City retirees protest near the federal courthouse in Detroit on 3 July 2014. The city's bankruptcy plan would cut the pensions of nonuniform retirees by 4.5 percent. Photo: Paul Sancya / Associated Press

By Alana Semuels
16 July 2014

DETROIT (Los Angeles Times) – In the year since this city filed for bankruptcy, becoming the largest municipality ever to do so, leaders have adopted a more optimistic tone about the future, pledging to fix streetlights and attract new residents and jobs..

But Eric Byrd isn't buying it.

"No change round here yet," said the 30-year-old, looking around his neighborhood on the west side of the city. Nearly every house on the block is abandoned, hollowed out by fire or vandals. Yards have been reclaimed by tall grass and wildflowers, and the roads are potholed and empty.

By all accounts, Detroit's bankruptcy has been handled quickly and evenhandedly under the guidance of Judge Steven Rhodes. Already, the city has come up with a plan of adjustment and given retirees and employees the chance to vote on it; their ballots were due July 11.

It also has enlisted $816 million from private funds and the state to help limit cuts to city pensions and protect the Detroit Institute of Arts from a fire sale. The city even recently launched an initiative to recruit natives back to the city, inviting them to an event to experience the new Detroit.

Not everyone is impressed, though, especially current and past city employees, who have seen big changes to their health insurance and probably will see reductions in their pensions. Their anger was evident Tuesday, when Rhodes held a hearing to give some the opportunity to voice their objections to the bankruptcy.

"It's more than a tough pill to swallow. It's tantamount to eating an elephant in one bite. And I can't do that," said Beverly Holman, a city retiree, in her testimony.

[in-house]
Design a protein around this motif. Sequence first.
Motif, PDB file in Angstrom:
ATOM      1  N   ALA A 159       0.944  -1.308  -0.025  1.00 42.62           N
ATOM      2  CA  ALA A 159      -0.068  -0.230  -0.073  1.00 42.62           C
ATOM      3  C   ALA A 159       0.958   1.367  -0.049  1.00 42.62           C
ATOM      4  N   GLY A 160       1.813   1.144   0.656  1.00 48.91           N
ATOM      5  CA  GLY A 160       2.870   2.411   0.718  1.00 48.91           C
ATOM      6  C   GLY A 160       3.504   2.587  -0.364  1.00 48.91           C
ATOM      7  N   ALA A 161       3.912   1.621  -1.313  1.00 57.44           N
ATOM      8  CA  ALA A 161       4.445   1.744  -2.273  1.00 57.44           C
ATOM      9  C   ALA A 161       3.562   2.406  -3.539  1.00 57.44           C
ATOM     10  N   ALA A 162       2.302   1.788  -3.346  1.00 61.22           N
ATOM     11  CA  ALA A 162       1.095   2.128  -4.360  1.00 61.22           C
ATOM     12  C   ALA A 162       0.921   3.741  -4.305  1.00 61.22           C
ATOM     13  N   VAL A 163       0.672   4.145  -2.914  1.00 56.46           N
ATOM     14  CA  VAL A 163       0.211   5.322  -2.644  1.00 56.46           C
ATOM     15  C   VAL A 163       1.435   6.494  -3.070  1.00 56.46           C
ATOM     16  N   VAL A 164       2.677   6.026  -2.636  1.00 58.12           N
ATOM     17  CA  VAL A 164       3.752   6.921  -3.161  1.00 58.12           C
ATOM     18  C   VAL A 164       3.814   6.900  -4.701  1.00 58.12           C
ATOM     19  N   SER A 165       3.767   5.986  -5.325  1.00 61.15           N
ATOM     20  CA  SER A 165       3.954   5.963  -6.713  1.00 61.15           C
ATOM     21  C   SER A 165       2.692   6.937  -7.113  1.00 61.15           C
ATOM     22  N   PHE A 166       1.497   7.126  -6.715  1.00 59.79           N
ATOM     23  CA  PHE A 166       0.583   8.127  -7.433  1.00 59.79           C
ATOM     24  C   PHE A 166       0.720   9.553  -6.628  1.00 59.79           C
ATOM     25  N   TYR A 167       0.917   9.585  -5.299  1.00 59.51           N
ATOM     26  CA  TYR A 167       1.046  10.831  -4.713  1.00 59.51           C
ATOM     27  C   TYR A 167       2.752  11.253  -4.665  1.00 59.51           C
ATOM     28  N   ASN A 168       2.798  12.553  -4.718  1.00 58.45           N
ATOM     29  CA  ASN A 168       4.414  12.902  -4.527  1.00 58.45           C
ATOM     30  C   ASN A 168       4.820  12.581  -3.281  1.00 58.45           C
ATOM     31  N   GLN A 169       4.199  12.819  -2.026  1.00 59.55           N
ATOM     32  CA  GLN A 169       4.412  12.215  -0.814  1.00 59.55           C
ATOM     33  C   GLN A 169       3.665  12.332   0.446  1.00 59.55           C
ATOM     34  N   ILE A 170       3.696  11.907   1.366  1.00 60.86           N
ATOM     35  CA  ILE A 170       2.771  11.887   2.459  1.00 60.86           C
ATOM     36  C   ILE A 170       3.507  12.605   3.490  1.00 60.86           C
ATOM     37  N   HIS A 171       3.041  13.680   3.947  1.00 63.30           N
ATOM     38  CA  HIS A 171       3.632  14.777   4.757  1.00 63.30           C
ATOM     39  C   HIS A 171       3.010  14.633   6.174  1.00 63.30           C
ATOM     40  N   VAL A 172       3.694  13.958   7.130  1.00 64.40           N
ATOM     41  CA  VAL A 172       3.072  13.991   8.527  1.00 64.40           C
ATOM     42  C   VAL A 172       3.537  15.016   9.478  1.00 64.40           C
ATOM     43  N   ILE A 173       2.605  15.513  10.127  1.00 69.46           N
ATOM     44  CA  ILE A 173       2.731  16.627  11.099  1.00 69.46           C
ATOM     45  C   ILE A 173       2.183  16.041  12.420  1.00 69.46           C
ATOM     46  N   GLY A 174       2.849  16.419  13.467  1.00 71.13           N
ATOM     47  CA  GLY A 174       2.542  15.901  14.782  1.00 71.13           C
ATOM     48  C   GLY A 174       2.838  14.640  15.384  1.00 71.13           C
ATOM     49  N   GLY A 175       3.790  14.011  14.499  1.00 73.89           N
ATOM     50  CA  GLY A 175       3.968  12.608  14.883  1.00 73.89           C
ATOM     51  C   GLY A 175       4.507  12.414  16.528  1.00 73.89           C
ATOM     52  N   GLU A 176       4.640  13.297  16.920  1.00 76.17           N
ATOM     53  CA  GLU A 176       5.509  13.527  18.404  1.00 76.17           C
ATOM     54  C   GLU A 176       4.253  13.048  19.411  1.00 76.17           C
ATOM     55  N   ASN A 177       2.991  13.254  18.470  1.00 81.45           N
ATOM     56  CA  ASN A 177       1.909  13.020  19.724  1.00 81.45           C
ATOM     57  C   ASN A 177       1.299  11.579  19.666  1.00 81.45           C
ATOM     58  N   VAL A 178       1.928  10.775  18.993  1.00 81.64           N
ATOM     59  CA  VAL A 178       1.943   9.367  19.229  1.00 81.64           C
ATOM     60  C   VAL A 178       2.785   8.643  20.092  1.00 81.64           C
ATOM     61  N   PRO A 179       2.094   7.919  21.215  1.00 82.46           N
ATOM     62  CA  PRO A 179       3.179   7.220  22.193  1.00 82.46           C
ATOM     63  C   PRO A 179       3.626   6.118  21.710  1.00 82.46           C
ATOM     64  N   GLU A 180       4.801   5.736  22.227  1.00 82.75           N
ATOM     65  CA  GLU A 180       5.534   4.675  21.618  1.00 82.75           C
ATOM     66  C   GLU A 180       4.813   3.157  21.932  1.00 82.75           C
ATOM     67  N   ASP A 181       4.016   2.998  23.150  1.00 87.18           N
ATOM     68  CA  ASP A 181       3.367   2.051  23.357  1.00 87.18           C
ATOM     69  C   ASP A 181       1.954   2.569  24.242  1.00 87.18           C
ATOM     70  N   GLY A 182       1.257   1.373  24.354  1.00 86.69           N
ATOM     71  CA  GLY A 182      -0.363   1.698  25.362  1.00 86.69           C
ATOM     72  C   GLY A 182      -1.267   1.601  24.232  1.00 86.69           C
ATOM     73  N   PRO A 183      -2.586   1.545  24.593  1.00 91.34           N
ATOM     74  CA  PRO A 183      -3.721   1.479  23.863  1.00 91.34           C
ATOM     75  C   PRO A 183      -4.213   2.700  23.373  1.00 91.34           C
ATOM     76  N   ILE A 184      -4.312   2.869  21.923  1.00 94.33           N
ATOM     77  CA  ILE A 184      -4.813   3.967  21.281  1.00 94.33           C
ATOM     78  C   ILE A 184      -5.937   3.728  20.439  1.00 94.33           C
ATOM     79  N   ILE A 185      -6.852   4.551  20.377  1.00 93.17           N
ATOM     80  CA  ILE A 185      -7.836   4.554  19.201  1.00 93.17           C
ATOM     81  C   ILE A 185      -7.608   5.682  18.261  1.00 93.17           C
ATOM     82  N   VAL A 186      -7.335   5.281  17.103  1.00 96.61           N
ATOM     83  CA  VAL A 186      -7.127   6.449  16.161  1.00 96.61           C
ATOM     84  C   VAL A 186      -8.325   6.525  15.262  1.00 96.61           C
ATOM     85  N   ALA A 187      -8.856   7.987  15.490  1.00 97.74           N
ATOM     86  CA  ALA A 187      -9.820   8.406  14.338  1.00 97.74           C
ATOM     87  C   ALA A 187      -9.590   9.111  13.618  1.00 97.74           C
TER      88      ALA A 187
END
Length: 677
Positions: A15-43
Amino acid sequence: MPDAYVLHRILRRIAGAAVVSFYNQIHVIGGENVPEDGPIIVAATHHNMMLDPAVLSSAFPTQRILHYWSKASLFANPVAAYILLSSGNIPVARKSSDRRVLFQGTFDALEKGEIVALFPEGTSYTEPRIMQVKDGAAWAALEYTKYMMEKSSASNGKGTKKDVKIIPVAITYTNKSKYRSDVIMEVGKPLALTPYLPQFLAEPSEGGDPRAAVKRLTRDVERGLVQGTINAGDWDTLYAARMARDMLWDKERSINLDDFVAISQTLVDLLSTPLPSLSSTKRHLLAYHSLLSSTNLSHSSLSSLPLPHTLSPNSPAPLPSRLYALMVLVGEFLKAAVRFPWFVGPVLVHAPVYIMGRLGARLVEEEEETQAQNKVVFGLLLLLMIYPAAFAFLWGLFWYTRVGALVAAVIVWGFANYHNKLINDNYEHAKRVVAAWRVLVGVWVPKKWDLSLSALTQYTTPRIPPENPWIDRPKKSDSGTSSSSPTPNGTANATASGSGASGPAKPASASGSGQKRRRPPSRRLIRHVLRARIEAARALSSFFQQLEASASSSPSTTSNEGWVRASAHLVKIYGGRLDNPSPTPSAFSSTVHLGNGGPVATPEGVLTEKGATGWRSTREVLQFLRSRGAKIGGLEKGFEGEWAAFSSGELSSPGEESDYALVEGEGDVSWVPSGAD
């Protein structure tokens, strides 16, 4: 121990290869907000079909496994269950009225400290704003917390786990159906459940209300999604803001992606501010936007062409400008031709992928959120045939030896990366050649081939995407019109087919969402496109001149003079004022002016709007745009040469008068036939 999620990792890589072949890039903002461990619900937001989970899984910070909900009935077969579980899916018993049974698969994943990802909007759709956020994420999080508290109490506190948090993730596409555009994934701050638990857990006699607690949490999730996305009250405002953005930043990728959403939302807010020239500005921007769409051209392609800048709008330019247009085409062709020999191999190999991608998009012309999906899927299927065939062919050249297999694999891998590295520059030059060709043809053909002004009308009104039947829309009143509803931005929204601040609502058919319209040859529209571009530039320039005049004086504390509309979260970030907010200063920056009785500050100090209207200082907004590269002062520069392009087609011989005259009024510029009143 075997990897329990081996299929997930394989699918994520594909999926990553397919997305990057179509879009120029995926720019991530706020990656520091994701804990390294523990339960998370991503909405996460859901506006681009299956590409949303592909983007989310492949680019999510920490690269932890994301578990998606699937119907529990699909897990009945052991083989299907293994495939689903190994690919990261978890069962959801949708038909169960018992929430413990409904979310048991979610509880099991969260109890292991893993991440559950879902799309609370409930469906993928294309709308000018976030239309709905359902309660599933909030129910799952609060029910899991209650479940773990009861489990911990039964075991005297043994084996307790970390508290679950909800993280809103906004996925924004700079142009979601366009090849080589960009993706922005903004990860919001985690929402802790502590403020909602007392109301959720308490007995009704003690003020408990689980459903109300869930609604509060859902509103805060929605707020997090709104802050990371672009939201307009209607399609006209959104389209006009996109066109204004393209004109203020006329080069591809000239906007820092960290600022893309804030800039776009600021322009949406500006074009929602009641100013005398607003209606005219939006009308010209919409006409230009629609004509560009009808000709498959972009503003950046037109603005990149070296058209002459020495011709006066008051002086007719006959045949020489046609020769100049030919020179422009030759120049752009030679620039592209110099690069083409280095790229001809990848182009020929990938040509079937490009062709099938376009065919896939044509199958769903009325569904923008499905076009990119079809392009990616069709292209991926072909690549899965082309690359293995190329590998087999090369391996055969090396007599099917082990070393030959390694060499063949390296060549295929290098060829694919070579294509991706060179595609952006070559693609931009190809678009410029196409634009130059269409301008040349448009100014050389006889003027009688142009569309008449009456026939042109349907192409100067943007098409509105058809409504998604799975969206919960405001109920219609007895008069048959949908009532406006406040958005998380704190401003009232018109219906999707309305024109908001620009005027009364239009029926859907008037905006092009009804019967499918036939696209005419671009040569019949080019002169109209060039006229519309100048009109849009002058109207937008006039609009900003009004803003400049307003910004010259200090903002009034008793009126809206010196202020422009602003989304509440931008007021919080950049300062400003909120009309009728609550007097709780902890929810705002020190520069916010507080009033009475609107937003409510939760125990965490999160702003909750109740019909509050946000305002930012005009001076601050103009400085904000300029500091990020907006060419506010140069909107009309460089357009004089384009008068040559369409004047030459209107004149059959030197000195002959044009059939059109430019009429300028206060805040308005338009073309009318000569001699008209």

Their complaints are fueled by fear and distrust: that the process through which retirees had to accept or reject the bankruptcy plan was rigged; that the city is shutting off water to residents unfairly; that retirees will be forced on the dole if the bankruptcy plan goes forward; that City Council members are getting a 5% raise while many retirees are struggling to pay the bills.

Perhaps the biggest objection was to this: The city says the pension funds overpaid into some retirees' accounts and wants that money back. One man testified Tuesday that the city wanted $89,000 from him. Like all retirees in this situation, he has the option of paying it back in a lump sum or having his pension reduced.

In a room open to the public to watch the proceedings, a crowd of 50 or so retirees had gathered, many of them saying they feared they would lose their homes if the bankruptcy plan went forward. They applauded and whooped during the testimony of Holman and others. Applauding is about all they can do at this point because the votes are already in and the city has hinted that the retirees have approved the plan.

"My life is at stake because I can't afford the insurance," said Gisele Caver, another retiree, through tears after telling Rhodes that the cuts to her health plan have made it impossible to pay for the medicine she needs. [more]

A year into Detroit's bankruptcy, many residents still feel abandoned

2 comments:

  1. Chapter 7 Bankruptcy Attorney said...

    I feel bad for the people of Detroit. The infighting and bickering will continue for many more months.

    Will Detroit be able to satisfy all parties involved?  

  2. Anonymous said...

    The promises that were made could never be kept. They have kicked the can down the road as far as they could, and now reality has become evident.

    Detroit, because its poor management and dwindling tax base, just happens to be the first large government institution that has been forced to capitulate, and basically reneg on their promises.

    Get used to it, because more of this is coming, to other cities, to other states, and eventually even the federal government.  

 

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